Agrarian Justice

Thomas Paine

[Part 2 of 3]

TO PRESERVE the benefits of what is called civilized life, and to remedy a at the same time the evil which it has produced, ought to be considered as one of the first objects of reformed legislation.

Whether that state that is proudly, perhaps erroneously, called civilization, has most promoted or most injured the general happiness of man, is a question that may be strongly contested. On one side, the spectator is dazzled by splendid appearances; on the other, he is shocked by extremes of wretchedness; both of which it has erected. The most affluent and the most miserable of the human race are to be found in the countries that are called civilized.

To understand what the state of society ought to be, it is necessary to have some idea of the natural and primitive state of man; such as it is at this day among the Indians of North America. There is not, in that state, any of those spectacles of human misery which poverty and want present to our eyes in all the towns and streets in Europe.

Poverty, therefore, is a thing created by that which is called civilized life. It exists not in the natural state. On the other hand, the natural state is without those advantages which flow from agriculture, arts, science and manufacturers.

The life of an Indian is a continual holiday, compared with the poor of Europe; and, on the other hand it appears to be abject when compared to the rich. Civilization, therefore, or that which is so called, has operated two ways: to make one part of society more affluent, and the other more wretched, than would have been the lot of either in a natural state.

It is always possible to go from the natural to the civilized state, but it is never possible to go from the civilized to the natural state. The reason is that man in a natural state, subsisting by hunting, requires ten times the quantity of land to range over to procure himself sustenance, than would support him in a civilized state, where the earth is cultivated.

When, therefore, a country becomes populous by the additional aids of cultivation, art and science, there is a necessity of preserving things in that state; because without it there cannot be sustenance for more, perhaps, than a tenth part of its inhabitants. The thing, therefore, now to be done is to remedy the evils and preserve the benefits that have arisen to society by passing from the natural to that which is called the civilized state.

In taking the matter upon this ground, the first principle of civilization ought to have been, and ought still to be, that the condition of every person born into the world, after a state of civilization communities, ought not to be worse than it he had been born before that period.

But the fact is that the condition of millions, in every country in Europe, is far worse than if they had been born before civilization began, or had been born among the Indians of North America at the present day. I will show how this fact has happened.

It is a position not to be controverted that the earth, in its natural, uncultivated state was, and ever would have continued to he, the common property of the human race. In that state every man would have been born to property. He would have been a joint life proprietor with the rest in the property of the soil, and in all its natural productions, vegetable and animal.

But the earth in its natural state, as before said, is capable of supporting but a small number of inhabitants compared with what it is capable of doing in a cultivated state. And as it is impossible to separate the improvement made by cultivation from the earth itself, upon which that improvement is made, the idea of landed property arose from that inseparable connection; but it is nevertheless true, that it is the value of the improvement, only, and not the earth itself, that is individual property.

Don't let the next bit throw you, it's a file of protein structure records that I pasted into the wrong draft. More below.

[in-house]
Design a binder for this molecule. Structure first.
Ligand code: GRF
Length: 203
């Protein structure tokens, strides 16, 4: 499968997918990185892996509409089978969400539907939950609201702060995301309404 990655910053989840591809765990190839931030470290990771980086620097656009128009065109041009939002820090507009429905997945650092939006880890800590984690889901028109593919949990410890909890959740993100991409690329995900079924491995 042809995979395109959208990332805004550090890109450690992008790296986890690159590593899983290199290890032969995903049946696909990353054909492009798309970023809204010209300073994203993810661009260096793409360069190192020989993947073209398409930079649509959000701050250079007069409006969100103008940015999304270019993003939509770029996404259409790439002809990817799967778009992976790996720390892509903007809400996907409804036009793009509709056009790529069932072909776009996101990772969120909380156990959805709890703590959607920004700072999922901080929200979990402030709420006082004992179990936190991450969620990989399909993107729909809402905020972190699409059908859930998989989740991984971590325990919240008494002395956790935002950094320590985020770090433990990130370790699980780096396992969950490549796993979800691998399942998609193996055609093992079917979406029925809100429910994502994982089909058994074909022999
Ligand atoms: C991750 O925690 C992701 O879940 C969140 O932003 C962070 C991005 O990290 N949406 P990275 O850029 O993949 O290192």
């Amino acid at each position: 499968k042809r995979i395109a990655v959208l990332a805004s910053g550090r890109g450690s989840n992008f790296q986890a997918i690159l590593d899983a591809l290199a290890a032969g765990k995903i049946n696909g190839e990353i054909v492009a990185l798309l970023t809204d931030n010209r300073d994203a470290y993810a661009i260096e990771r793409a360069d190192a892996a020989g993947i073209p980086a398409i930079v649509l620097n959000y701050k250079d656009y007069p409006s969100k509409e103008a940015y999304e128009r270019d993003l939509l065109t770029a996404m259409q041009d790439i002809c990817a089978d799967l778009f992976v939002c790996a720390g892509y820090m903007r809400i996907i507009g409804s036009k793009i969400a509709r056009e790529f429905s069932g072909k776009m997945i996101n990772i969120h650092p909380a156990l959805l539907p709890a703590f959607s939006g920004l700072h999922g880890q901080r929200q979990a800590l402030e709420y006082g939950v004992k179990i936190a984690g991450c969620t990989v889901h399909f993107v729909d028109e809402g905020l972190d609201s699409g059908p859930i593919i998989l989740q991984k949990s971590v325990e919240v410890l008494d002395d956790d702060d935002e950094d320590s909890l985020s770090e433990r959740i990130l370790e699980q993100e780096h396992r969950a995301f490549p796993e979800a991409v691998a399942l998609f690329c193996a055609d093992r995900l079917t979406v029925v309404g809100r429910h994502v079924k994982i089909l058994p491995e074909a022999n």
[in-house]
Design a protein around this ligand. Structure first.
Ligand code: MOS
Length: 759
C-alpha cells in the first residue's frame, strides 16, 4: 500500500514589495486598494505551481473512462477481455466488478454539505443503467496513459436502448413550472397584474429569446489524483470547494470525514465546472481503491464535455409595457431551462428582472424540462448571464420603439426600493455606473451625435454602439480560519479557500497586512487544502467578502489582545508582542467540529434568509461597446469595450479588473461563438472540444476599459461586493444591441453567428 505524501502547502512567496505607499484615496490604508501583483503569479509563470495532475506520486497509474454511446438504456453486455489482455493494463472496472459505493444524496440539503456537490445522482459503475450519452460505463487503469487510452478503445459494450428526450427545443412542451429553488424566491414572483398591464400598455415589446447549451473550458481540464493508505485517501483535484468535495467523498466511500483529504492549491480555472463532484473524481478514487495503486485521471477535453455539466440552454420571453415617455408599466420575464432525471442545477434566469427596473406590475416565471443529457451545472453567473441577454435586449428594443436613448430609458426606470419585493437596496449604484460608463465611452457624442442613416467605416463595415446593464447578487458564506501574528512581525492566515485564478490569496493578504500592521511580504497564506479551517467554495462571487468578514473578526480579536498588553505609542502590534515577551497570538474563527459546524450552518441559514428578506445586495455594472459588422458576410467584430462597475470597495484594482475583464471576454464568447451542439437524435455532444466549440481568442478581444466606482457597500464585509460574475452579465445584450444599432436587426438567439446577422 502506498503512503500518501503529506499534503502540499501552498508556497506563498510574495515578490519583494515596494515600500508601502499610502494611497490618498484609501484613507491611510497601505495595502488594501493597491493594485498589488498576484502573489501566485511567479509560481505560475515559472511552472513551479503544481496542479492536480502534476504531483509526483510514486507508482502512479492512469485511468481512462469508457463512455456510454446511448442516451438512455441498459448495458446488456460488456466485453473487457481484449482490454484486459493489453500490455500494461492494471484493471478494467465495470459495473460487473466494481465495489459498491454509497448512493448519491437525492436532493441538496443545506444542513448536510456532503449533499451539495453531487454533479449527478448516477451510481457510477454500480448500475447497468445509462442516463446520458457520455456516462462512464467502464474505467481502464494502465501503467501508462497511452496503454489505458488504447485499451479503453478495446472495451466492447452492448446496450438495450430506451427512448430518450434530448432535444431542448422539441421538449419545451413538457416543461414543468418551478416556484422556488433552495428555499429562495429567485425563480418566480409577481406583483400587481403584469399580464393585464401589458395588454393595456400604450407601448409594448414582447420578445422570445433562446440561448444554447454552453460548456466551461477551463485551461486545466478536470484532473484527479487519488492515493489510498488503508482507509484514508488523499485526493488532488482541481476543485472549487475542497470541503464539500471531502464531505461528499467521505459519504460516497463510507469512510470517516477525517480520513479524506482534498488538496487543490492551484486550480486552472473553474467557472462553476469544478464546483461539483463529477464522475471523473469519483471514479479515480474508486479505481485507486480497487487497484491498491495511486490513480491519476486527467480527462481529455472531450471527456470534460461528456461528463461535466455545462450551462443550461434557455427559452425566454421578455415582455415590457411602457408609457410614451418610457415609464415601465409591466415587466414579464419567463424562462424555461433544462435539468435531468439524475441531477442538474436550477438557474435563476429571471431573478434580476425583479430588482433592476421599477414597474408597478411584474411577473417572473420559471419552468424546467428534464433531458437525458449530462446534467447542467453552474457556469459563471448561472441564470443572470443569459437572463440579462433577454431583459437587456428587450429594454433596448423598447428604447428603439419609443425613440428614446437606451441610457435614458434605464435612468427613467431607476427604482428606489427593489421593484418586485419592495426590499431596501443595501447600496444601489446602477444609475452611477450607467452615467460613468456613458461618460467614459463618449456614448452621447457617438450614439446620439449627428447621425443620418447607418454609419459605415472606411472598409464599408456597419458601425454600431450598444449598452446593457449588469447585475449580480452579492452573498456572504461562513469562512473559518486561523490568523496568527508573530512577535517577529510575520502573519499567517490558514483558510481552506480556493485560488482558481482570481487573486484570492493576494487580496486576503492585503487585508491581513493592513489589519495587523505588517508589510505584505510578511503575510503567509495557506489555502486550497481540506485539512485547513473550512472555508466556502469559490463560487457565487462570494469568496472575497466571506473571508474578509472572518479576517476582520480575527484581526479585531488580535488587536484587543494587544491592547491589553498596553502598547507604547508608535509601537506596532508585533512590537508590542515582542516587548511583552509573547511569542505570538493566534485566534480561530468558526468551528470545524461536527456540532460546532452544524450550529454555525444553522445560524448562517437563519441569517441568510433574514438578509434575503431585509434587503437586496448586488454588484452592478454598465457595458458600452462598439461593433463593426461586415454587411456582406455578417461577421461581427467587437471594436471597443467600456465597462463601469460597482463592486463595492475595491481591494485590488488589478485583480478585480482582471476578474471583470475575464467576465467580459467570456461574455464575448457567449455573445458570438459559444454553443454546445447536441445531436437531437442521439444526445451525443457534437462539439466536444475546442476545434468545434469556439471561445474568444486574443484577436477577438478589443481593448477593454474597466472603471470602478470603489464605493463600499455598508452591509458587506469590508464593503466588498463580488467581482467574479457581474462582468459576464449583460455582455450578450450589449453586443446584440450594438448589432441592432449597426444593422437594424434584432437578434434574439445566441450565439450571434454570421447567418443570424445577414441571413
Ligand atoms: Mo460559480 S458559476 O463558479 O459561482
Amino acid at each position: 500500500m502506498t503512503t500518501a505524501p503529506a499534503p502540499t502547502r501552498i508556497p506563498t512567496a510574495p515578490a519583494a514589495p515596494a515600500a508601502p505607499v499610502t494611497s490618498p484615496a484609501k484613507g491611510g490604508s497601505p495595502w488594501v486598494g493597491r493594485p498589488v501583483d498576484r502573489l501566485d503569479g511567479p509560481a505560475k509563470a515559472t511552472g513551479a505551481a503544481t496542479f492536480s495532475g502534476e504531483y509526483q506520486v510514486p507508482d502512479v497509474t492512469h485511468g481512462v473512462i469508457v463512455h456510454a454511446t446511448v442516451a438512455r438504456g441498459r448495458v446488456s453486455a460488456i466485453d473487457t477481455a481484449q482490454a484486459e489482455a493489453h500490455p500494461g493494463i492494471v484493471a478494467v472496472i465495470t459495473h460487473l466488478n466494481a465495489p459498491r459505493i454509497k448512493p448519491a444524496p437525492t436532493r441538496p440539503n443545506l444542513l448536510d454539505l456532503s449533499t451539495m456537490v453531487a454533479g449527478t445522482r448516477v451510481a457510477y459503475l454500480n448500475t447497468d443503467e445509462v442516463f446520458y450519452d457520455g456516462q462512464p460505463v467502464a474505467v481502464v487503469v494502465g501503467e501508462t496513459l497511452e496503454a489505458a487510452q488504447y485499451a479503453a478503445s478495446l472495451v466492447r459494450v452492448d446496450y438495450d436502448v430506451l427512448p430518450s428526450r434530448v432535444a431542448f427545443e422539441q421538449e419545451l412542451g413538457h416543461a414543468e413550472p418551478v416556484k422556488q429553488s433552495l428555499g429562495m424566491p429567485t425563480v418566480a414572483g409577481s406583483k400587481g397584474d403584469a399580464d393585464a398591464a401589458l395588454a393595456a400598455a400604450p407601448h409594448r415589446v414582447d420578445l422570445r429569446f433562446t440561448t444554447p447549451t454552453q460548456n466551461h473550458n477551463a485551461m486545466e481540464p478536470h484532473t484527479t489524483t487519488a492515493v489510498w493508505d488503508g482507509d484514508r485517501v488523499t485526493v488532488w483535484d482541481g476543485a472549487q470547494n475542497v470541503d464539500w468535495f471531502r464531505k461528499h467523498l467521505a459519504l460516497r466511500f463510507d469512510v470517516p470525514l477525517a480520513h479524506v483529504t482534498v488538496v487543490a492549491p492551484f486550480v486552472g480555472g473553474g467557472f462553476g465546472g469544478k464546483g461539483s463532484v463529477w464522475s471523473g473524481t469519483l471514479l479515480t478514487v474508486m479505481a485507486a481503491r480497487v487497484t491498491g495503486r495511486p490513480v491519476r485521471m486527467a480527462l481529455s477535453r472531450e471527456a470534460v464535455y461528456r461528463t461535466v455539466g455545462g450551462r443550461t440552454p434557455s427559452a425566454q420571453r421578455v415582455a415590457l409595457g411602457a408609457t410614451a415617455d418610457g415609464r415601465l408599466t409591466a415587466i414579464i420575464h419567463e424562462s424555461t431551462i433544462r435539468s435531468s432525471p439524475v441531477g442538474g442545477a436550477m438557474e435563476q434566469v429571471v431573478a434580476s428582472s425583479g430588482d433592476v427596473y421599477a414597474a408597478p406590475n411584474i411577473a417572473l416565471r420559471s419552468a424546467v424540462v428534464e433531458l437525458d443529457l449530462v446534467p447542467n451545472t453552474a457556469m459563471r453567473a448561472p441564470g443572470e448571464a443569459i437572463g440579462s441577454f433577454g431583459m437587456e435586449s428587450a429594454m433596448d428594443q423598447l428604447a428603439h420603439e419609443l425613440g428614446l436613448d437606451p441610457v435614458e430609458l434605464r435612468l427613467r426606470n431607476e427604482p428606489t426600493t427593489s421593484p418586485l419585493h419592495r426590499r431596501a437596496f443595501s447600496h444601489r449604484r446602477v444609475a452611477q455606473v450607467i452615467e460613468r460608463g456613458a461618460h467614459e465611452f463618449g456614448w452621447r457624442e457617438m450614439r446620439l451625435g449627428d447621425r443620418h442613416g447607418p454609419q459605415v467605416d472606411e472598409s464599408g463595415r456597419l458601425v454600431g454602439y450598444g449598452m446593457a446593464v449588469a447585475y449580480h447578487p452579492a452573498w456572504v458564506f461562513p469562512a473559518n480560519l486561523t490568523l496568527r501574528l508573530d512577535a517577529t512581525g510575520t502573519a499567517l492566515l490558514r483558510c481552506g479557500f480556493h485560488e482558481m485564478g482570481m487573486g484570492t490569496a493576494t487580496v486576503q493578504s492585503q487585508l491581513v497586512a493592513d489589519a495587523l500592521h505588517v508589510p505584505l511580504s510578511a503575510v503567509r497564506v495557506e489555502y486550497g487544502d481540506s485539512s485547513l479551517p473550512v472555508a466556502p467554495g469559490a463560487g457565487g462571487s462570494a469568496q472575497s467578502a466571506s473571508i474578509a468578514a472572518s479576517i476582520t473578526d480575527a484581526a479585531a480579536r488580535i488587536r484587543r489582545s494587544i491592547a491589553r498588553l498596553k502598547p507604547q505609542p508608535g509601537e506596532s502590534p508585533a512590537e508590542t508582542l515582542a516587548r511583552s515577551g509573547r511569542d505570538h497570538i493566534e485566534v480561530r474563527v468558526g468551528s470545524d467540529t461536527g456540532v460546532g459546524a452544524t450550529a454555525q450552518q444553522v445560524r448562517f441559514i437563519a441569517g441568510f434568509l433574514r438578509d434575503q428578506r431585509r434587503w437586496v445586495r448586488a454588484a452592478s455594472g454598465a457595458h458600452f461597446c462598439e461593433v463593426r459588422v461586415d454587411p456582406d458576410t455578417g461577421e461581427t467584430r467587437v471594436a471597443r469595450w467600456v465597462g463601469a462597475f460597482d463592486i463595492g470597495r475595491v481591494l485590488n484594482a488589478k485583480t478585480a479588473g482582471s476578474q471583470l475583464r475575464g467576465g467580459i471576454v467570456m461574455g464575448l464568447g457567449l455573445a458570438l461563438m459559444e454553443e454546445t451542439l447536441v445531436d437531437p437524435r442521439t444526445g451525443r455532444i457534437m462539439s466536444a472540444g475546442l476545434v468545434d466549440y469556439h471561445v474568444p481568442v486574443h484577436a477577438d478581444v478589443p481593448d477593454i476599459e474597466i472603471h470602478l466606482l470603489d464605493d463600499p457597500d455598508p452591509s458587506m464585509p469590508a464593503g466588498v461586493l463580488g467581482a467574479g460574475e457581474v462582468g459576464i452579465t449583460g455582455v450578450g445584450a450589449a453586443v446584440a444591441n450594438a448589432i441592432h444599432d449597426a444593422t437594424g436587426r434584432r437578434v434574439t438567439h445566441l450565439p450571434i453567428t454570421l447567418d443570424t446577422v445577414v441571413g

Every proprietor, therefore, of cultivated lands, owes to the community a ground-rent (for I know of no better term to express the idea) for the land which he holds; and it is from this ground-rent that the fund proposed in this plan is to issue.

It is deducible, as well from the nature of the thing as from all the histories transmitted to us, that the idea of landed property commenced with cultivation, and that there was no such thing as landed property before that time. It could not exist in the first state of man, that of hunters. It did not exist in the second state, that of shepherds: neither Abraham, Isaac, Jacob, nor Job, so far as the history of the Bible may be credited in probable things, were owners of land.

Their property consisted, as is always enumerated in flocks and herds, and they traveled with them from place to place. The frequent contentions at that time about the use of a well in the dry country of Arabia, where those people lived, also show that there was no landed property. It was not admitted that land could be claimed as property.

There could be no such thing at landed property originally. Man did not make the earth, and though he had a natural right to occupy it, he had no right to locate as his property in perpetuity any part of it; neither did the Creator of the earth open a land-office, from whence the first title-deeds should issue. Whence then, arose the idea of landed property? I answer as before, that when cultivation began the idea of landed property began with it, from the impossibility or separating the improvement made by cultivation from the earth itself, upon which that improvement was made.

The value of the improvement so far exceeded the value of the natural earth, at that time, as to absorb it; till, in the end, the common right of all became confounded into the cultivated right of the individual. But there are, nevertheless, distinct species of rights, and will continue to be, so long as the earth endures.

It is only by tracing things to their origin that we can gain rightful ideas of them, and it is by gaining such ideas that we discover the boundary that divides right from wrong, and teaches every man to know his own. I have entitled this tract "Agrarian Justice" to distinguish it from "Agrarian Law."